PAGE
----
Ah, Halloween season.
The grand time when, as my friend and burlesque performer Lillian Bustle says, you can let out your inner stripper.
And, for geeks, a grand time of wearing your passions not just on your sleeve, but over your entire body, for days at a time! Nothing gets better than filling up at the gas station in elaborate horror garb.
This year, my wife and I have taken on the Hardcore Halloweeners’ challenge of doing a more classic costume: a witch and warlock.
In retrospect, I should have gone as her black cat for a fun gender flip on that old leotard-ears-and-tail ensemble. Alas, next time.
When Halloween season approaches, I spent a lot of time scouring costume sites for ideas and potential acquisitions. You never know what’s gonna be hot from year to year, what new outfits have moved in, what outrageous and offensive ideas will be thoughtlessly crapped out. (I think the “Sexy Handmaiden” costume, so bad it was discontinued after mass public outcry, takes the cake this year.)
Amid all my searches, my online and brick-and-mortar travels, I keep coming back to Aquaman.
Yes, Arthur Curry. King of Atlantis, King of the Seven Seas, the Dweller-in-the-Depths, the Aquatic Ace, the Marine Marvel. The lamest one on Super Friends.
But, these days, he’s also Jason Momoa in tight jeans. That Aquaman movie is coming, just in time for Christmas.
We got some more footage recently, including that the movie basically looks like Underwater He-Man with all the armor, old-timey weapons, battle creatures and lasers. I’m in favor of that approach. Sometimes I want superhero movies to be action figures come to life, because these character primarily were made for children.
The final shot of Momoa reveals that he’s finally wearing the traditional gold-and-green getup.
It’s about time! All these other variations were fine in the Zack Snyder-skewed appearances of Batman v Superman and Justice League, but c’mon, we wanted the real suit.
And I want that suit on me.
I’ve been having a lot of fun this past couple of years embracing more cosplay. While stumbling into Thor worked out well, everything changed with the Captain Nemo/League of Extraordinary Gentlemen costume. I’ve won some contests with Nemo (including this week!), it gave me some serious entry into the cosplayer world, and it’s been eye-opening to wear a character of color whose story plays into colonialism and other race issues.
I definitely will be putting together a Black Panther cosplay in time, whether as a comics/film accurate version of T’Challa or as my own version of Wakanda’s protector from another point in time. I’ve been making inventory of different purveyors of African-print clothing, plus renfaire vendors who could fashion custom leather gauntlets with claws, maybe even a panther mask.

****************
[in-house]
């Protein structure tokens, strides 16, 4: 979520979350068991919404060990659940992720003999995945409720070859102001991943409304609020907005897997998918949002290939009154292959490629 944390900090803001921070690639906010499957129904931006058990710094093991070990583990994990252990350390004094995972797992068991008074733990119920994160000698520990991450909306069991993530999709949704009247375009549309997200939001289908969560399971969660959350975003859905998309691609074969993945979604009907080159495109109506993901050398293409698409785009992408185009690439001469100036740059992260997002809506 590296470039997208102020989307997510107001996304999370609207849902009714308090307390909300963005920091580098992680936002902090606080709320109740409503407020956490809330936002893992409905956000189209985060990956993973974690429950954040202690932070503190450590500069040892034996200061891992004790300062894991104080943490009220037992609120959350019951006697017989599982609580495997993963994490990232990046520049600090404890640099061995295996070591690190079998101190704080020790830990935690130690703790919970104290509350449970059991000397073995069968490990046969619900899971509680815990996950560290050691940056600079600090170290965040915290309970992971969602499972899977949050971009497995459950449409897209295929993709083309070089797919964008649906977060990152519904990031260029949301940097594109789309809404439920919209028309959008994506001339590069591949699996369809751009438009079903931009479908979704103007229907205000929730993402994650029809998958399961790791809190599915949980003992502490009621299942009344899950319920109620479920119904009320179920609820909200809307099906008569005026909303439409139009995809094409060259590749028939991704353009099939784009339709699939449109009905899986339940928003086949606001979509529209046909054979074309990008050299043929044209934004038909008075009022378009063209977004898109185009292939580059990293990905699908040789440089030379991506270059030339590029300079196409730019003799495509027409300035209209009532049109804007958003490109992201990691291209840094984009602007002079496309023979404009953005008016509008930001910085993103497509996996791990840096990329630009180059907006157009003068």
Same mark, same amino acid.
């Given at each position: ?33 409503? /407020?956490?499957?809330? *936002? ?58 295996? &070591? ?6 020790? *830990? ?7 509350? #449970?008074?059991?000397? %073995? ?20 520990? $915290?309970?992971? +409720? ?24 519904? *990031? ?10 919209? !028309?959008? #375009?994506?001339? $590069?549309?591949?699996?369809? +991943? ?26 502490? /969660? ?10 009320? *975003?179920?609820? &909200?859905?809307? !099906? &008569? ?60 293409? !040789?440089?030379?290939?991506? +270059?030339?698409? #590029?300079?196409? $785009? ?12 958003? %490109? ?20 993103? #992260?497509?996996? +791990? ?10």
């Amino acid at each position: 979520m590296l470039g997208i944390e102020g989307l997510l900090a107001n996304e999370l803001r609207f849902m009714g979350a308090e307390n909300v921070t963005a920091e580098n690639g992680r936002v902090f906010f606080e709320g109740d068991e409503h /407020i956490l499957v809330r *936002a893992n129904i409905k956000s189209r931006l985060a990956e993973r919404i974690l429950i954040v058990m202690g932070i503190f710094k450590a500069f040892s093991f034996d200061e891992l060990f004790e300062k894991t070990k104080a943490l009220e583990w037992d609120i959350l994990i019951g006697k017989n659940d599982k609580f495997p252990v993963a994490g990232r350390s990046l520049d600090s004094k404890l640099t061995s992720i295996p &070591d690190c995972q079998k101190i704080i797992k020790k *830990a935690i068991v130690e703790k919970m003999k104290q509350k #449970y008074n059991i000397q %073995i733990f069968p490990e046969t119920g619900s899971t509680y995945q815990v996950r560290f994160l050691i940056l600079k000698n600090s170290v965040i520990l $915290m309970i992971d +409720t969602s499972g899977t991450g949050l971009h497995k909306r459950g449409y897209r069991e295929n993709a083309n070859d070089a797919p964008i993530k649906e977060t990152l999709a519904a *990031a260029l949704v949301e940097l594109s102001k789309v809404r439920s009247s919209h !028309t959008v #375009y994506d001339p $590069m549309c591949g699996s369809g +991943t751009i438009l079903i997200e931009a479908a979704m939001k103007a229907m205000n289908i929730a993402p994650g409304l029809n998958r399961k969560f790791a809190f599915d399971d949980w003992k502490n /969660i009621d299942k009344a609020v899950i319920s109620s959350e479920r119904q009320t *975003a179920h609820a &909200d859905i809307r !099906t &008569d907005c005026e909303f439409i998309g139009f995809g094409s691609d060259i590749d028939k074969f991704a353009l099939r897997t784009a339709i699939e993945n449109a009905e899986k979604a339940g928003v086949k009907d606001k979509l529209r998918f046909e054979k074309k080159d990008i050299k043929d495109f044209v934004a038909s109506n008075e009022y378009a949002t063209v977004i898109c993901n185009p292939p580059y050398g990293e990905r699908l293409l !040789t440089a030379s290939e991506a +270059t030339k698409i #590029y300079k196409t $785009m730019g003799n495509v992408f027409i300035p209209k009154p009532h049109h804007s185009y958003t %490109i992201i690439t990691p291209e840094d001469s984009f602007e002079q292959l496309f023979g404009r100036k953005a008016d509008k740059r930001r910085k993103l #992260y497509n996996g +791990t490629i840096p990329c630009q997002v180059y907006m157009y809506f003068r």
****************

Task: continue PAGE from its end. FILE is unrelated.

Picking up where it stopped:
And now Aquaman has stormed his way into my cosplayer dreams, thanks to this upcoming movie.
Never would I have considered Aquaman near the top of my list, even though I like the character and have a decent-sized stack of his comics. But things changed when Jason Momoa stepped into the role. If Aquaman the movie is successful, Momoa and his brown skin could embody the role worldwide for a generation.
There’s almost no way that Warner Bros. and DC weren’t thinking about how shipping Momoa’s brown face around the world could play. Any forward-thinking studio figure, looking for where the find the future’s next dollar will come from, has to seriously consider and plan for a future of international box office success that don’t, or can’t, always rely on a white man at the front to sell it.
We now live in a world after Black Panther, A Wrinkle in Time and Wonder Woman. We live in a Hollywood creative environment with ever increasing Hollywood-China production partnerships, plus Bollywood in India and Nollywood in Nigeria. Dwayne Johnson is the biggest action star in the world, and the multinational, multi-ethnic Fast and Furious movies the biggest franchise going. I’m still not all that convinced of Momoa’s screen presence.
However, at the very least, his visage in that golden fish scale tunic moved the needle enough for me to determine that I must know them as well. There’s something about not embodying whiteness in my black body that’s at play here.
And that brings me to a point that I hadn’t realized until recently about why I should have an Aquaman suit. For purely aesthetic reasons beyond how I may fit in the suit.
No, it’s because I, like Jason Momoa, have the complexion for it.
Look at that suit. Orange and green? You need some notable melanin, lest those bold colors swallow you up. The best improvement to Aquaman’s color scheme may be the man who wears the suit. Those bold colors most often look better against darker, warmer skin tones.
In the regular fashion world, orange/green or gold/green can be tricky against many white people’s complexions. In comic book world, the flat style of the traditional four-color method didn’t do Aquaman any favors.
Changing the suit’s colors don’t always help, either. When some iterations of Aquaman go for more of a gold tunic than orange, thanks to the Nordic-looking Arthur Curry, a colorist can run the risk of making him monochrome from the waist up. Thankfully, modern digital coloring methods allow for shading and tones that can break things up more.
So maybe Aquaman should have had darker skin all along, on the merits of the best aesthetics given the colors of the costume? Maybe they shouldn’t have colored Arthur Curry so alabaster?
Given the current kerfuffles in comics world from dudes demanding a status quo because meritocracy, I’m sure they’d agree with me, right?